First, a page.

Randomized, placebo-controlled trial of flax oil in pediatric bipolar disorder

Bipolar Disord. 2010 Mar;12(2):142-54. doi: 10.1111/j.1399-5618.2010.00799.x.


Objectives: This clinical trial evaluated whether supplementation with flax oil, containing the omega-3 fatty acid alpha-linolenic acid (alpha-LNA), safely reduced symptom severity in youth with bipolar disorder.

Methods: Children and adolescents aged 6-17 years with symptomatic bipolar I or bipolar II disorder (n = 51), manic, hypomanic, mixed, or depressed, were randomized to either flax oil capsules containing 550 mg alpha-LNA per 1 gram or an olive oil placebo adjunctively or as monotherapy. Doses were titrated to 12 capsules per day as tolerated over 16 weeks. Primary outcomes included changes in the Young Mania Rating Scale, Child Depression Rating Scale-Revised, and Clinical Global Impressions-Bipolar ratings using Kaplan-Meier survival analyses.

Results: There were no significant differences in primary outcome measures when compared by treatment assignment. However, clinician-rated Global Symptom Severity was negatively correlated with final serum omega-3 fatty acid compositions: %alpha-LNA (r = -0.45, p < 0.007), % eicosapentaenoic acid (EPA) (r = -0.47, p < 0.005); and positively correlated with final arachidonic acid (AA) (r = 0.36, p < 0.05) and docosapentaenoic acid (DPA) n-6 (r = 0.48, p < 0.004). The mean duration of treatment for alpha-LNA was 11.8 weeks versus 8 weeks for placebo; however, the longer treatment duration for alpha-LNA was not significant after controlling for baseline variables. Subjects discontinued the study for continued depressive symptoms.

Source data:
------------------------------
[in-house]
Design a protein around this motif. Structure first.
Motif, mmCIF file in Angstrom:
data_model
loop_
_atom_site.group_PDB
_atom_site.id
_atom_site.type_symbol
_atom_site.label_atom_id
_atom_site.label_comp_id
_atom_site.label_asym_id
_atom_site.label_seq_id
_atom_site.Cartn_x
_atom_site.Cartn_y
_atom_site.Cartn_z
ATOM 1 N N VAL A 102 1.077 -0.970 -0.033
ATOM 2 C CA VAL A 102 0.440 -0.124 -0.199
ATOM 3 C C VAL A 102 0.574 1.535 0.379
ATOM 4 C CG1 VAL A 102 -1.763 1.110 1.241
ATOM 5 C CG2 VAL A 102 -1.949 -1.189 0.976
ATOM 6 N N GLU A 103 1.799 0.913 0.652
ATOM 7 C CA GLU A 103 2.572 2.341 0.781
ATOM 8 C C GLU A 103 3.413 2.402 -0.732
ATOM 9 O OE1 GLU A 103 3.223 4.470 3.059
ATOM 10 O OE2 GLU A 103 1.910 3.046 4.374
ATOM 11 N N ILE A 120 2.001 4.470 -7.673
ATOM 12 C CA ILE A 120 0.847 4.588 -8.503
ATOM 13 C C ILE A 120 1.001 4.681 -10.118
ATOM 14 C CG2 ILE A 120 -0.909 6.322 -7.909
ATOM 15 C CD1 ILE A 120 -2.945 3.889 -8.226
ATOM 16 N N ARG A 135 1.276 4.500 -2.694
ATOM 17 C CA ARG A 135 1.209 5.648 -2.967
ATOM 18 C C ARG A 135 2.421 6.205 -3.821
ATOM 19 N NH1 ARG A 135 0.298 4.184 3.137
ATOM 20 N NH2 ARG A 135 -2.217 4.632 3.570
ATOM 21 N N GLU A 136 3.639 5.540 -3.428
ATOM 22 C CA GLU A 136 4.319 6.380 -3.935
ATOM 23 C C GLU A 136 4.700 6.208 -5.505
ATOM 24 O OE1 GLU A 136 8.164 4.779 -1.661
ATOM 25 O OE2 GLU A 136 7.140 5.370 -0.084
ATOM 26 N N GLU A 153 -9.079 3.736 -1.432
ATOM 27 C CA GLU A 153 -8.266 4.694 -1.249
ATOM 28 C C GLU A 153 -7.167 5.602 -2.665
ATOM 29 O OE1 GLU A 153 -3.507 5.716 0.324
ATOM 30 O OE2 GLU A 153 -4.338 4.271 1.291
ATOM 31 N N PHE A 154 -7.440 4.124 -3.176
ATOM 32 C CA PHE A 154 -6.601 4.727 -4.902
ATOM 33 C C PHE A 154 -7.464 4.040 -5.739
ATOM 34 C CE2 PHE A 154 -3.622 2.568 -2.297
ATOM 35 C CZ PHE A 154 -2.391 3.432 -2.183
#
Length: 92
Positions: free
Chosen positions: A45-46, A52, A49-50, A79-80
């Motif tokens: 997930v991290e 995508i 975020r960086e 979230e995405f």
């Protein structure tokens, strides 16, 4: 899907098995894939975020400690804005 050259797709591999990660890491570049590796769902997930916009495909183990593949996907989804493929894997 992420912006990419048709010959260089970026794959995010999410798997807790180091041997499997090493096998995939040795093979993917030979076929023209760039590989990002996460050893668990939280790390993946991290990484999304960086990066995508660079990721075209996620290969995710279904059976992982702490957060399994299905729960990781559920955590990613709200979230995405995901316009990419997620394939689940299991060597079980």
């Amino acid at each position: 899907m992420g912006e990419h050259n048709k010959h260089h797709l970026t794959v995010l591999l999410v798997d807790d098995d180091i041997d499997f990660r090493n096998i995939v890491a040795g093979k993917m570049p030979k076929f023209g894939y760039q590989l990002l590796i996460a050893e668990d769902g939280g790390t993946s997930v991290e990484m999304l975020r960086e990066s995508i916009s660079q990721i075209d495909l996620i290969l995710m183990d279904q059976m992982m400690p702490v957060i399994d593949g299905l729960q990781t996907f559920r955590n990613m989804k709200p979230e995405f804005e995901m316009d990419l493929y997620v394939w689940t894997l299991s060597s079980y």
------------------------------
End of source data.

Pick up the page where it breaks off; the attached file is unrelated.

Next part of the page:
Conclusions: Studies of essential fatty acid supplementation are feasible and well tolerated in the pediatric population. Although flax oil may decrease severity of illness in children and adolescents with bipolar disorder who have meaningful increases in serum EPA percent levels and/or decreased AA and DPA n-6 levels, individual variations in conversion of alpha-LNA to EPA and docosahexaenoic acid as well as dosing burden favor the use of fish oil both for clinical trials and clinical practice. Additionally, future research should focus on adherence and analysis of outcome based on changes in essential fatty acid tissue compositions, as opposed to group randomization alone.

Publication types

  • Randomized Controlled Trial
  • Research Support, N.I.H., Extramural
  • Research Support, Non-U.S. Gov't

MeSH terms

  • Adolescent
  • Arachidonic Acid / blood
  • Bipolar Disorder / drug therapy*
  • Bipolar Disorder / psychology
  • Child
  • Depression / drug therapy
  • Eicosapentaenoic Acid / blood
  • Fatty Acids, Omega-3 / blood
  • Fatty Acids, Unsaturated / blood
  • Female
  • Humans
  • Linseed Oil / adverse effects
  • Linseed Oil / metabolism*
  • Linseed Oil / therapeutic use*
  • Male
  • Psychiatric Status Rating Scales
  • Severity of Illness Index
  • Time Factors
  • Treatment Outcome
  • alpha-Linolenic Acid / adverse effects
  • alpha-Linolenic Acid / therapeutic use*


  • Fatty Acids, Omega-3
  • Fatty Acids, Unsaturated
  • alpha-Linolenic Acid
  • Arachidonic Acid
  • Linseed Oil
  • Eicosapentaenoic Acid
  • docosapentaenoic acid